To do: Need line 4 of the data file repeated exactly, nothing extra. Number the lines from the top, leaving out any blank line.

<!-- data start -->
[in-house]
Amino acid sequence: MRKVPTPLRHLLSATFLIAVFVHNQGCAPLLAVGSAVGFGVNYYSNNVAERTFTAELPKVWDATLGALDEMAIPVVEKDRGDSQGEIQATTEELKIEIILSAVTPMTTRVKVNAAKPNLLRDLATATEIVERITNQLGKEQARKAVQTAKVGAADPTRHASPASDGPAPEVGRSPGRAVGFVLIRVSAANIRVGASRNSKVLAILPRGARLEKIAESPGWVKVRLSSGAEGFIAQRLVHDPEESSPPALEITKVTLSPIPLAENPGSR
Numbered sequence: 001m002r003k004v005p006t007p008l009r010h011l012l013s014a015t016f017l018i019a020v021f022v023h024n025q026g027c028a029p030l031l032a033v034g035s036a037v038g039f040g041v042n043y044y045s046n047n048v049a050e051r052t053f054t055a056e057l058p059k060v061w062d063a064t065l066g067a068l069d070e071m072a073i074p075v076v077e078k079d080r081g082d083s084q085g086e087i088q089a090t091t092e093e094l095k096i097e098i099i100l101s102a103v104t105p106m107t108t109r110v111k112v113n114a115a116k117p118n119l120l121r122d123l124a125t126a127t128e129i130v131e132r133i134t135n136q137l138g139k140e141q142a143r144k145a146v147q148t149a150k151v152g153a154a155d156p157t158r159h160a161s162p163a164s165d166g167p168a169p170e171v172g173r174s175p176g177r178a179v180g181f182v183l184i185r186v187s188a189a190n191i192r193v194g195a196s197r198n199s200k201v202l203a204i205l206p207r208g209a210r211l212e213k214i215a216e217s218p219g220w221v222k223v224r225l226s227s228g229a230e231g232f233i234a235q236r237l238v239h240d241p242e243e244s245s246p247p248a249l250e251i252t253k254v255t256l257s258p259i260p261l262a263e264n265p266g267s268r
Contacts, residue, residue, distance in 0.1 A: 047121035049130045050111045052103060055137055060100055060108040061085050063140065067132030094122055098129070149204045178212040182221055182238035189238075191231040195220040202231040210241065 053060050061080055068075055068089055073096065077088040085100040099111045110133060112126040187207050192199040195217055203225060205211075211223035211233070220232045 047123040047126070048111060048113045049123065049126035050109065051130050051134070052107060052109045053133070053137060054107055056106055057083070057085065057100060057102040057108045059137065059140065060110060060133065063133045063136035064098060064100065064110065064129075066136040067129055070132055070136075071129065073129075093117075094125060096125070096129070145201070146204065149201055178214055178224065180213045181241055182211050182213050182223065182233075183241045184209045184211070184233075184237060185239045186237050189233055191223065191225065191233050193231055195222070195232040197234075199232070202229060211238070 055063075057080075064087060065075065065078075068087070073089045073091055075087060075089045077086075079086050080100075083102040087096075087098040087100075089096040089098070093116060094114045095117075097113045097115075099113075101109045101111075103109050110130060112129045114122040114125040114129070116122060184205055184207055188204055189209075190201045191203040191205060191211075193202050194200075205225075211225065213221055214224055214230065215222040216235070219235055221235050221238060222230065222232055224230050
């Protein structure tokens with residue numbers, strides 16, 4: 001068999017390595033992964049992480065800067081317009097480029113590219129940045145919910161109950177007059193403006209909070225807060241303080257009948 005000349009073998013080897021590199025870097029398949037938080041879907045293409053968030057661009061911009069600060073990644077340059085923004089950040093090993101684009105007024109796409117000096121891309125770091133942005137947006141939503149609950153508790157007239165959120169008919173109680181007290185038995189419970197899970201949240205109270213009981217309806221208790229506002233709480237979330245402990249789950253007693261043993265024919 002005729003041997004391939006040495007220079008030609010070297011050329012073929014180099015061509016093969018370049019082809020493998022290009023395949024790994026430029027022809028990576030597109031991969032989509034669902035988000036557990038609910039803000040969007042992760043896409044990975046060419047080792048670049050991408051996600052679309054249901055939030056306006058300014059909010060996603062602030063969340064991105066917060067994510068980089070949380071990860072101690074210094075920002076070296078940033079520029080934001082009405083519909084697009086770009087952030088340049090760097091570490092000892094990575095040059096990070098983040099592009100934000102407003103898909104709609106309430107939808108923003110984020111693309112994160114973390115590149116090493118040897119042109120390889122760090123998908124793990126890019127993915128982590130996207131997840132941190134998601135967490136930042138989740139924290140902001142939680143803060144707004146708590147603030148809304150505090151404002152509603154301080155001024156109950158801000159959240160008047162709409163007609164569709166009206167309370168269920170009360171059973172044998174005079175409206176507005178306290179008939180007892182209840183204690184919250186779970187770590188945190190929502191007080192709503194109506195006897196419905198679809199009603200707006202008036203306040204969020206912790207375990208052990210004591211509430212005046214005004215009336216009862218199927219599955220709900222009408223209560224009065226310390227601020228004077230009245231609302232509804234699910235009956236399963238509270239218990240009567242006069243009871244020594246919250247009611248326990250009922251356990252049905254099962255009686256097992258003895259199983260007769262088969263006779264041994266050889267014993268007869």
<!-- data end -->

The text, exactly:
Contacts, residue, residue, distance in 0.1 A: 047121035049130045050111045052103060055137055060100055060108040061085050063140065067132030094122055098129070149204045178212040182221055182238035189238075191231040195220040202231040210241065 053060050061080055068075055068089055073096065077088040085100040099111045110133060112126040187207050192199040195217055203225060205211075211223035211233070220232045 047123040047126070048111060048113045049123065049126035050109065051130050051134070052107060052109045053133070053137060054107055056106055057083070057085065057100060057102040057108045059137065059140065060110060060133065063133045063136035064098060064100065064110065064129075066136040067129055070132055070136075071129065073129075093117075094125060096125070096129070145201070146204065149201055178214055178224065180213045181241055182211050182213050182223065182233075183241045184209045184211070184233075184237060185239045186237050189233055191223065191225065191233050193231055195222070195232040197234075199232070202229060211238070 055063075057080075064087060065075065065078075068087070073089045073091055075087060075089045077086075079086050080100075083102040087096075087098040087100075089096040089098070093116060094114045095117075097113045097115075099113075101109045101111075103109050110130060112129045114122040114125040114129070116122060184205055184207055188204055189209075190201045191203040191205060191211075193202050194200075205225075211225065213221055214224055214230065215222040216235070219235055221235050221238060222230065222232055224230050